Grab a brew with... Hills Like Elephants
Hills Like Elephants is working on its sixth album, which is expected to be a further enhancement of their melodic rock vibes with a touch of pop that has kept audiences in San Diego, and across the country, hooked.
Band members Mike Hams, Greg Thielmann, Andrew Armerding, Sean Davenport and Bobby Roquero at down with DiscoverSD at Fall Brewing to talk about their recording methods, new music and taking success one day at a time.
How did you guys all meet one another?
Mike: Well the two of us [Mike and Bobby] came to San Diego from Minnesota. I moved to Seattle and then down here after my brother convinced me to, and Bobby was already living down here.
Bobby: Yep, and then we met the other guys at Lestat’s, also about 10 years ago. Except for Sean, who we met later.
Sean: Hills started in 2011. It was just me who did the album originally, I booked a show with Little Hurricane, but I didn’t have a band. The initial people we had are gone, except for Andrew and myself. We switched drummers and got Mikey on our side two years ago. We were friends with Greg through mutual friends. One drunken night, I called up Greg and left him this long-winded message about wanting him to be on board and then everyone was in.
Are you guys working on anything post “Tell Tales,” your 2015 album?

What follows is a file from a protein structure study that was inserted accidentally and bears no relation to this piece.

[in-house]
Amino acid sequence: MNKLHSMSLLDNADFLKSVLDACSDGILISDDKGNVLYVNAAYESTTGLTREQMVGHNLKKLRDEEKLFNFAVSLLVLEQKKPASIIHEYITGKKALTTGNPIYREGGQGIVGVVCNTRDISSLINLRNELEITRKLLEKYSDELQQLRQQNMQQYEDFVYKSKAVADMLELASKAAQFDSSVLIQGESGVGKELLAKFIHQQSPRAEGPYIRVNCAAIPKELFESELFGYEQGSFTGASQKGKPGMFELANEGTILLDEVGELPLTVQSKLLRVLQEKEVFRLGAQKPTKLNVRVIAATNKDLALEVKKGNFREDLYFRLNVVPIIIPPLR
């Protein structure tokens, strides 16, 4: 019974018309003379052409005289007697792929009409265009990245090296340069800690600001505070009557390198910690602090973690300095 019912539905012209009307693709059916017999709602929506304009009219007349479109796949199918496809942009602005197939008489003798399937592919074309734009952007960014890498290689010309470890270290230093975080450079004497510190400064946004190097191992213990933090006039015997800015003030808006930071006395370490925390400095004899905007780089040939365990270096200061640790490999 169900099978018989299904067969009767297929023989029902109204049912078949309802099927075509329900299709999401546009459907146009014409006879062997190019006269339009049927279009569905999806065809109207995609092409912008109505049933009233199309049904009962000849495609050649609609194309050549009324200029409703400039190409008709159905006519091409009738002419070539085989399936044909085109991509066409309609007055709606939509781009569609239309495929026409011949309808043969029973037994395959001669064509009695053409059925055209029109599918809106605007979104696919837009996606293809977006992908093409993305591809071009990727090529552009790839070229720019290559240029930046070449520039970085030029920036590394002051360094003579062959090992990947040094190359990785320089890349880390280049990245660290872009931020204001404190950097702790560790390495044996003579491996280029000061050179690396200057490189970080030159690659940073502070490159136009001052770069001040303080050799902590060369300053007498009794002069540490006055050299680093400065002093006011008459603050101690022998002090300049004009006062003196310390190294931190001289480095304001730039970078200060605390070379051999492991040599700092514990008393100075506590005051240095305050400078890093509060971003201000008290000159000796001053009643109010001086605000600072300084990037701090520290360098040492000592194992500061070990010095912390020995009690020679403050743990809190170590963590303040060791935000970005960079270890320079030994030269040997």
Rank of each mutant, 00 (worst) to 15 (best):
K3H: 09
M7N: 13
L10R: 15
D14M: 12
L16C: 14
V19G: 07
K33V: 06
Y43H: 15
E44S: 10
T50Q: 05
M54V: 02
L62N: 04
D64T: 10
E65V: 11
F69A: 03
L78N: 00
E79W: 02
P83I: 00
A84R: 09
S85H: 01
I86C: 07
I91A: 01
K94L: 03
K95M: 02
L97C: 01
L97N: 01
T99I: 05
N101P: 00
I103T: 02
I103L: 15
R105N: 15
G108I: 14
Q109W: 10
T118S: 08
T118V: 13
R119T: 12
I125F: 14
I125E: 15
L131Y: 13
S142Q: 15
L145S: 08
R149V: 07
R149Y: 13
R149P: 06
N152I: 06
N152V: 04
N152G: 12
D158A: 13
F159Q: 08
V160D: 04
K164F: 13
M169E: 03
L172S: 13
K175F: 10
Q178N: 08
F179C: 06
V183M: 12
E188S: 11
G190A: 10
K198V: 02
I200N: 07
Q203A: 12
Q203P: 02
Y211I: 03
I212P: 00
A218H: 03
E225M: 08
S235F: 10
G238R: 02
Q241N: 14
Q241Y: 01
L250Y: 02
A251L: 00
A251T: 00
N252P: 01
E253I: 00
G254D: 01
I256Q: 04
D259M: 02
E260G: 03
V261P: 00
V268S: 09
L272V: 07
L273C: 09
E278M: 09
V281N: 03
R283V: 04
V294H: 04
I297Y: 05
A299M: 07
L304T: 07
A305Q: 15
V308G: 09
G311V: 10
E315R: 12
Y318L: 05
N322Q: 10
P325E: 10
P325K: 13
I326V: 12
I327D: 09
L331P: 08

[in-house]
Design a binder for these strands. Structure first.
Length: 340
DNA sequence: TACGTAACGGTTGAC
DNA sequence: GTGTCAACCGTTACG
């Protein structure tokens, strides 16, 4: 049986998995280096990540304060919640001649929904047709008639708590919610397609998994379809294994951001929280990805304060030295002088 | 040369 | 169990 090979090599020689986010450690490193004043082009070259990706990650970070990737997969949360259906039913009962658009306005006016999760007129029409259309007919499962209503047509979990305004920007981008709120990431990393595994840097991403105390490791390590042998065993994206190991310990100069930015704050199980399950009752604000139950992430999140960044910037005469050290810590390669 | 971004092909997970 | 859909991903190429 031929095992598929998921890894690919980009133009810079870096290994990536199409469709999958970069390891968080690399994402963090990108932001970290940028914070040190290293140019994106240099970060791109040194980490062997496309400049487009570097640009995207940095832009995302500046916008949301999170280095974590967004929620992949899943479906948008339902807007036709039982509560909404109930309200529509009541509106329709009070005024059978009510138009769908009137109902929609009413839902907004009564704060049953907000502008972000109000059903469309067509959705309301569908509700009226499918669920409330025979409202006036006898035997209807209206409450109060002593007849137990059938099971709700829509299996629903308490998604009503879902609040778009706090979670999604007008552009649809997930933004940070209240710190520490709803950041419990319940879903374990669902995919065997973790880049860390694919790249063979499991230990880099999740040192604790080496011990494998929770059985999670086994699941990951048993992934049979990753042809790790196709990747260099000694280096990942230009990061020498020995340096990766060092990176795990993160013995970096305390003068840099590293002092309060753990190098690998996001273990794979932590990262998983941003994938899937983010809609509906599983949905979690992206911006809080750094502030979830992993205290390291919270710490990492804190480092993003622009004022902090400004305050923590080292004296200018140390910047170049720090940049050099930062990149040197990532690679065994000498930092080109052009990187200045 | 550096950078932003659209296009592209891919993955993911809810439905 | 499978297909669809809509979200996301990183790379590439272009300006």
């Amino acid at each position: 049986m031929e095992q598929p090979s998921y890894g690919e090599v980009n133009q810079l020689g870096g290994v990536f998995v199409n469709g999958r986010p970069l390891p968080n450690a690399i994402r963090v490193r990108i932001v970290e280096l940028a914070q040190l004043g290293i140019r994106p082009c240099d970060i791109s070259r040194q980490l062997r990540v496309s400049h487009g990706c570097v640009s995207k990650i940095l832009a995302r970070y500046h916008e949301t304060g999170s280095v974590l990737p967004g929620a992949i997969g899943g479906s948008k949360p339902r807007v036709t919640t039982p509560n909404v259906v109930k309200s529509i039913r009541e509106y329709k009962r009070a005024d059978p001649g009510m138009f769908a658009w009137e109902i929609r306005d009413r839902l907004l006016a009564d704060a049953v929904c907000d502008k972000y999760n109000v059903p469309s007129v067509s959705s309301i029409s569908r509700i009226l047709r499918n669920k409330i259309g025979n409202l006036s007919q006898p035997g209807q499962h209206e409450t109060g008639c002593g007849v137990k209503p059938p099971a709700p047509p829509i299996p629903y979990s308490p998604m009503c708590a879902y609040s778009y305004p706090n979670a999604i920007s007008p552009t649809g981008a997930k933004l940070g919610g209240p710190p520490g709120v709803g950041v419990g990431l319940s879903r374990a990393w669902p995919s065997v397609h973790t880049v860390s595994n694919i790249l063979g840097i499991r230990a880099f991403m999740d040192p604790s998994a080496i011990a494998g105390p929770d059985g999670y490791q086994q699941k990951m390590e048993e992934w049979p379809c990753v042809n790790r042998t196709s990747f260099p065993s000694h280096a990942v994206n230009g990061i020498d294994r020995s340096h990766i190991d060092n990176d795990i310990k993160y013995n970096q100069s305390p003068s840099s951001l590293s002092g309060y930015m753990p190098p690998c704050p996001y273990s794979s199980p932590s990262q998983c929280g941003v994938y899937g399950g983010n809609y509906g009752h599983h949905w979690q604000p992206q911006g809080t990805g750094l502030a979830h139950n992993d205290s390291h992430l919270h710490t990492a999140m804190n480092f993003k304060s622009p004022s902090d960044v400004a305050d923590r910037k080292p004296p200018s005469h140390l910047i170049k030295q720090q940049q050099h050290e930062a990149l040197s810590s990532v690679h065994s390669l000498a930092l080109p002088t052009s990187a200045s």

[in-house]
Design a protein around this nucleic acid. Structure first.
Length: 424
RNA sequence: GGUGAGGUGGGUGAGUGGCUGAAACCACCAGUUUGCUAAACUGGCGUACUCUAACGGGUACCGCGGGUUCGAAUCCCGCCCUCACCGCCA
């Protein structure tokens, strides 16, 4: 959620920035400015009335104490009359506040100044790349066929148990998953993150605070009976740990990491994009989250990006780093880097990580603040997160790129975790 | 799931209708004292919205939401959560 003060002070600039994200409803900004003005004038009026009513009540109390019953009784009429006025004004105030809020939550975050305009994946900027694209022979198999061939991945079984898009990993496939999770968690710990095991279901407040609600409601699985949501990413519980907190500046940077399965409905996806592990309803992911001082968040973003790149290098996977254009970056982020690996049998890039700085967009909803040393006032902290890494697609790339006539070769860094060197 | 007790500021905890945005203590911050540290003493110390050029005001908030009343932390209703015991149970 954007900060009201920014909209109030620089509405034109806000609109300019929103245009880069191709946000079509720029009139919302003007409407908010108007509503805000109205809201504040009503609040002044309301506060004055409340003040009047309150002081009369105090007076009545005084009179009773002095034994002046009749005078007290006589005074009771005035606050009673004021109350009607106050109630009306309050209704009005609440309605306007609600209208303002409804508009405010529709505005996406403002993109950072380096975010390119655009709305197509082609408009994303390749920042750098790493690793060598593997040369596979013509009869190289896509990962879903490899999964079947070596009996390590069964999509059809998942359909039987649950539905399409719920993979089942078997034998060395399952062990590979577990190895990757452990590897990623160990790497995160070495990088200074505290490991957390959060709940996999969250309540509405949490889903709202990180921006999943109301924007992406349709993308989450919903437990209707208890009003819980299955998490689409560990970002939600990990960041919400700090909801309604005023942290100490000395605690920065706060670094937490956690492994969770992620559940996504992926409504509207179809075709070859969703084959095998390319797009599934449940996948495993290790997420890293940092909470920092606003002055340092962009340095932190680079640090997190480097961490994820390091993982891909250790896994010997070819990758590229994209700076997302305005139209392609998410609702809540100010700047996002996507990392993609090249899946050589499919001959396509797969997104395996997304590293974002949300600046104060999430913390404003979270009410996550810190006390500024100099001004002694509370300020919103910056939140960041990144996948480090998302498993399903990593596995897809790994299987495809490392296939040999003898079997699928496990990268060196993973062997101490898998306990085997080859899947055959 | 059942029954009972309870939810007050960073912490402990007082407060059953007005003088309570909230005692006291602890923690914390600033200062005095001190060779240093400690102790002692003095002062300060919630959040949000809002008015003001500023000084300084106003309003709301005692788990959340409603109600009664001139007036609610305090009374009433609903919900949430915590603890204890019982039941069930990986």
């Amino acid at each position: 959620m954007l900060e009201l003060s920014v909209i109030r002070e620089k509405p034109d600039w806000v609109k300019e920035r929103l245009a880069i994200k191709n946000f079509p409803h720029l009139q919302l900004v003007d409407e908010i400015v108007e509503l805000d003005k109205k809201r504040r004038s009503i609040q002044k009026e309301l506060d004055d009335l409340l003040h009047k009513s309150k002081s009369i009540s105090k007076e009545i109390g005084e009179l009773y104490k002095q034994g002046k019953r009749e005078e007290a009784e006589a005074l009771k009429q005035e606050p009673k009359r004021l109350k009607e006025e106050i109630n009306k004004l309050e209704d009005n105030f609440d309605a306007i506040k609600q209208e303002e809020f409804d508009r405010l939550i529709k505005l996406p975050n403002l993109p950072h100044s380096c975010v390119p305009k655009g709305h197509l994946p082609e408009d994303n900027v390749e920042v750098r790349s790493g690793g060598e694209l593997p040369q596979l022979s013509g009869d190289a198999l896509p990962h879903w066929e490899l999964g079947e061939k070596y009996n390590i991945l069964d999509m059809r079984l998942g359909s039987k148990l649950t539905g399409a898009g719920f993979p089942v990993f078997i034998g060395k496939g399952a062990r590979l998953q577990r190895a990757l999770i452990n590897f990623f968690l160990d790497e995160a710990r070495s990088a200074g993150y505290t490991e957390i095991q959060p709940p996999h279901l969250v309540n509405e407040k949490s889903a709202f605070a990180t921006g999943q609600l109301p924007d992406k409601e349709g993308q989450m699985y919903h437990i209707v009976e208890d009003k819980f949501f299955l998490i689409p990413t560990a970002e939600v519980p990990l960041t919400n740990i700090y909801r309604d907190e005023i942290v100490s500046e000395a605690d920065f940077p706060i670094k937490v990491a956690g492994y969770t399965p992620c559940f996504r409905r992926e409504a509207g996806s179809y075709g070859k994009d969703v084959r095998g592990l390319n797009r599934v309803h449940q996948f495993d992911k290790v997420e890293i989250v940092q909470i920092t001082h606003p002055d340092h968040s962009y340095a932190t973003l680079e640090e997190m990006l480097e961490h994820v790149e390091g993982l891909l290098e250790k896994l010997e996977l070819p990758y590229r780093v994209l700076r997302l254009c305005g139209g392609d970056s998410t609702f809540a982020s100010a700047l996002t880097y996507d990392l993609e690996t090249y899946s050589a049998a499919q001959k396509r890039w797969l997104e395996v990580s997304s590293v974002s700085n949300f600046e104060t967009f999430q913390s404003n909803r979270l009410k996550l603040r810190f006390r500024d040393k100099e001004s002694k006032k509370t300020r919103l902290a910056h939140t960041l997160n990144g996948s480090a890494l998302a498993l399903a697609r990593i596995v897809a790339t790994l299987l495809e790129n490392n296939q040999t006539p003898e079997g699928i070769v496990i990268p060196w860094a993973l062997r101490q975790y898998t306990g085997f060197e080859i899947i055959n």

Sean: Yeah we are. We have about four songs that are looking real good. We have a bunch of other songs on the agenda. We aren’t sure whether it’s going to be a full album or a series of different EPs just yet.
Greg: We just know new music is coming and coming very soon in a couple of months.
What is the album sounding like?
Mike: With our last album, we really wanted to capture that live sound. With this latest one, at least to me, I feel like we’re trying to balance that. Like, we have some songs that are very much how we sound live, and we’re also exploring the studio as an instrument. We’re really trying to find the right sound and voice for the songs. At least at this point, we have 12 songs in different stages.
Greg: It sounds like us, but we are trying to push ourselves. We brought in some outside singers like Dani Bell. We’ve focused more on lyrics and things that we maybe haven’t pushed towards in the past.
What’s the recording process like since you are all very busy with other full-time jobs, families, etc?
Mike: We are all really busy. We don’t have the luxury to get together every day. We do a lot of our note-taking on our own and then we hash out ideas when we get together. We try to use that group time to further the process.
Where do you record?
Mike: Our studio is set up in Bobby and my brother’s house, which they’ve lived in since 2003. We have a friend from Minnesota who does construction, and he built a fish tank-like set-up. It’s walls within walls.
Bobby: We can play music 24/7 there and no one hears us. We’ve had several bands come through besides our own, like A Scribe Amidst the Lions and A Summer Knowledge. People record drums at our studio because that’s something they can’t do at their own house. It’s been a blast.
What has it been like trying to gain success in San Diego?